I reviewed Apple’s iOS 6 this week, and one of the areas I focused on was the new Maps app (the Google one is gone, allegedly because Google were being dicks about their mapping API).
It’s an important app, and I set out to see if I could break it. I used a quarter of a tank of diesel trying and failing to confuse the turn-by-turn navigation in and around Glasgow and its suburbs; I deliberately asked it for directions to places where the roads have been significantly changed in recent months; and I threw loads of randomly chosen addresses and businesses at it to see if it got them right.
With a few exceptions – businesses shown in slightly wrong places on the map, one result that was completely wrong – it performed really well. If it knew about the new roundabout they’ve just stuck between Milngavie and Clydebank, then clearly it was safe to assume that it knows where the big stuff is. As I wrote in the piece:
We half expected an app that was just great in America and utterly useless in the UK.Â We were wrong.
…Maps is a decent app, but we think existing, dedicated sat-nav apps have more finger-friendly UIs and more features, even if they do charge for traffic data – and if you’ve got an iPhone 3GS or 4, those apps are your only option.
Over at the Guardian, technology editor Charles Arthur took a similar approach and came to similar conclusions. Like me, he wrote:
it’s very good. Here we need to distinguish between the maps themselves, and the maps app. The maps don’t have all the highlighting of Google’s, but the amount of detail such as road names seems to me greater… [it]Â brings feature parity with Android â€“ as does the introduction of turn-by-turn voice navigation, so that your satnav can now play music and make or receive phone calls.
It looks like Charles and I were lucky, because as we’re discovering today the Maps app contains lots of problems. My personal favourite is that it lists Our Price branches; for younger and/or overseas readers, Our Price was a record shop chain that closed almost a decade ago. Some towns are missing altogether; other sensible queries don’t work unless they’re phrased in a specific way (eg “Paddington” doesn’t work; “London Paddington” does); and sometimes the context awareness is broken, so a UK user searching for Christchurch near Bournemouth gets directions to New Zealand.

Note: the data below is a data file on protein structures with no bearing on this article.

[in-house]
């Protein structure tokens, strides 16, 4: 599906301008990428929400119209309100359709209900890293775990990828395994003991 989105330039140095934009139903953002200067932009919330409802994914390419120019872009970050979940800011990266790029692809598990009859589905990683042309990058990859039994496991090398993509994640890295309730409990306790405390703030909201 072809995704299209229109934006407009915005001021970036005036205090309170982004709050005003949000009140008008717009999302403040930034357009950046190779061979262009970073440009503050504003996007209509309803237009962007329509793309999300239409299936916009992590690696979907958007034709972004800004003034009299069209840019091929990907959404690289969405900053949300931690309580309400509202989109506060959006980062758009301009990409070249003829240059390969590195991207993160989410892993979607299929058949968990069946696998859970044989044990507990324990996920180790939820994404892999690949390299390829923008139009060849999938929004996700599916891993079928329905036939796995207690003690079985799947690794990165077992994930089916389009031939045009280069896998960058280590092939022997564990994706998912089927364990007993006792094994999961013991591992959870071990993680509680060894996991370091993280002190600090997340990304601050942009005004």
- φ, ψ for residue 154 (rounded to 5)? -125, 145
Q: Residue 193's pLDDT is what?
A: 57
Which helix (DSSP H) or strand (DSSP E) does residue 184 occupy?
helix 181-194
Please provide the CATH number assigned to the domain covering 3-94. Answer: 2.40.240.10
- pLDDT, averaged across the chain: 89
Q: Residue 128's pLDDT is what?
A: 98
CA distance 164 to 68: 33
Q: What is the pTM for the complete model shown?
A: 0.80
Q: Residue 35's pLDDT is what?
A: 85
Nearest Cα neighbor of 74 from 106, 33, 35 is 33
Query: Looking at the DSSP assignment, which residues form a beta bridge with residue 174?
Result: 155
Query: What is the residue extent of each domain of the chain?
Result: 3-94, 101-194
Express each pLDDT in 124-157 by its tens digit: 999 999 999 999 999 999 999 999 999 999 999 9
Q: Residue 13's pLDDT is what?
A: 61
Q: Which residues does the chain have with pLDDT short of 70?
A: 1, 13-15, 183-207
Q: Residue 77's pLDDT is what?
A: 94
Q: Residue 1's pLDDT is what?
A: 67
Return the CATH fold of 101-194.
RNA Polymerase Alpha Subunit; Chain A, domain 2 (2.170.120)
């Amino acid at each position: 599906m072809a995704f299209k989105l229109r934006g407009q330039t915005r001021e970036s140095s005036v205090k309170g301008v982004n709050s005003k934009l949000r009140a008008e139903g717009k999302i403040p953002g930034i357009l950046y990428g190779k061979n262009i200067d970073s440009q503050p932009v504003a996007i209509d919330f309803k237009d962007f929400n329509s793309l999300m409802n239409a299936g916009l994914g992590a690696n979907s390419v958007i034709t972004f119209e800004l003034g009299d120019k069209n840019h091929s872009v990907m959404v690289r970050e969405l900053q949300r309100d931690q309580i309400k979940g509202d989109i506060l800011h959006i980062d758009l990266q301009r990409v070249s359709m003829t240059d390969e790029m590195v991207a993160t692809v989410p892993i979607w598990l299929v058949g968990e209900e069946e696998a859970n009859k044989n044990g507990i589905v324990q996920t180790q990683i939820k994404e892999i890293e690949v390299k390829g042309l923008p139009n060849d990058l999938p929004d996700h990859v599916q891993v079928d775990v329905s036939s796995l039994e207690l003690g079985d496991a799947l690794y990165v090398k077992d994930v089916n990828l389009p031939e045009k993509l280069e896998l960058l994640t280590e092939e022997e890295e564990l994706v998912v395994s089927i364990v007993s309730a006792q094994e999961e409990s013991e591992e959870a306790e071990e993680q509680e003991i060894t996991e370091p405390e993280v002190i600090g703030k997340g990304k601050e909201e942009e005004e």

What’s interesting is that in many cases, it’s the populous areas that have the problems: apparently Leeds is particularly poor. I came to Maps assuming that the big places, such as London, would be perfect, and that if screw-ups were to be found they’d be more likely in more northern and more rural areas – so I went looking for such screw-ups and found they were relatively rare.
It’s clear that Maps has been rushed out, that some of its data is inaccurate and/or ancient, and that it’s going to be a while before it’s as good as Google’s multi-billion dollar mapping system. Apple doesn’t screw up like this very often: the last one like this I can remember is MobileMe, whose unhappy launch led to an unhappy Steve Jobs making the relevant employees very unhappy.
Maps will get better, but the issue demonstrates something important: individual journalists and bloggers can’t cover every conceivable use case for technology products, and sometimes problems don’t emerge until a product has actually been released.
If you’re considering spending lots of money on something, or if an upgrade is replacing a feature you rely upon, it pays to wait.